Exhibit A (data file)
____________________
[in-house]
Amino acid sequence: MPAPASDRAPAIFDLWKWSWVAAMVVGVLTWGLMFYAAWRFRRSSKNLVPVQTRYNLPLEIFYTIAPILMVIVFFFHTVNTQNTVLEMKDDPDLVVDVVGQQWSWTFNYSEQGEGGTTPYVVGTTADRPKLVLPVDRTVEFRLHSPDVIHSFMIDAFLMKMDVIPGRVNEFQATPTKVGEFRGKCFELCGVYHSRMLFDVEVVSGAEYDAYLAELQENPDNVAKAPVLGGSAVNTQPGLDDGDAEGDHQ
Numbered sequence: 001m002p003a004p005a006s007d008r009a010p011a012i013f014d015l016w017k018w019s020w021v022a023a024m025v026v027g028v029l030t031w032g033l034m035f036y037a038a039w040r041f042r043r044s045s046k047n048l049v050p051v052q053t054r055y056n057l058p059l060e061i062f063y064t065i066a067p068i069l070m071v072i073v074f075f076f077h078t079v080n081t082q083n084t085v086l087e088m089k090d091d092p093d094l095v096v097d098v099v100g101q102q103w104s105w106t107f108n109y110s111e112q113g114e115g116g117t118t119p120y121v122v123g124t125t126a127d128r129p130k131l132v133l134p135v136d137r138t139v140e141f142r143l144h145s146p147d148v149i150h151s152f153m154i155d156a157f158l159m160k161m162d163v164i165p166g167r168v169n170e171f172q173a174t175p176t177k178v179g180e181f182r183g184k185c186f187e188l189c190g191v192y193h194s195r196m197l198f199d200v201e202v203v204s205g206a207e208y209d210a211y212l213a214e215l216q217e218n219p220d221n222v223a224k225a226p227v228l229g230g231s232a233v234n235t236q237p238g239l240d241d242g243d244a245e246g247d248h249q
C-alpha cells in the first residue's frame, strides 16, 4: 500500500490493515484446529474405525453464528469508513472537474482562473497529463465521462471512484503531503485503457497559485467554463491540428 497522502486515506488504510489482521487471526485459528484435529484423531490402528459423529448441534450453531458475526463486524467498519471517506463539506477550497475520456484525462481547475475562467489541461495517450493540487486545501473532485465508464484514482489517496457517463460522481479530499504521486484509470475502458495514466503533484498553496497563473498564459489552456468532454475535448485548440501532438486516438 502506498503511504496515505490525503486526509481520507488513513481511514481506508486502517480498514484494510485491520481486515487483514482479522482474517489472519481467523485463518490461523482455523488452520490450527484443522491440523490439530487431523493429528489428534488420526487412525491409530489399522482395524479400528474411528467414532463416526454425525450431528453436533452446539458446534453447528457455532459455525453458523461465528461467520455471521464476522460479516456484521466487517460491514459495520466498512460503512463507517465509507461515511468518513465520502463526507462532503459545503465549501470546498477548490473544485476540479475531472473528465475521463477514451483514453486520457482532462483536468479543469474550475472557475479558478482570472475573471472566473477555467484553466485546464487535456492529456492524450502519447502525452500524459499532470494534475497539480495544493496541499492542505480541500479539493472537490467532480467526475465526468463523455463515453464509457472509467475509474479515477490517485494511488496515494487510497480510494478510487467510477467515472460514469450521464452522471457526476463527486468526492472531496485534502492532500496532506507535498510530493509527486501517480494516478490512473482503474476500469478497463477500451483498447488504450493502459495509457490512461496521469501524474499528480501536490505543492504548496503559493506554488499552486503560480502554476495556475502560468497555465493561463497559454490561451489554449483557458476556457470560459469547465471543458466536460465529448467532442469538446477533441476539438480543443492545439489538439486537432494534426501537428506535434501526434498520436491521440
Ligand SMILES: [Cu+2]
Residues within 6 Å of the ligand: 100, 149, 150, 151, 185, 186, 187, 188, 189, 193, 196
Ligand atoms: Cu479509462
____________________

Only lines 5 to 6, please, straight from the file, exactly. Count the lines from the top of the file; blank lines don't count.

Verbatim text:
Ligand SMILES: [Cu+2]
Residues within 6 Å of the ligand: 100, 149, 150, 151, 185, 186, 187, 188, 189, 193, 196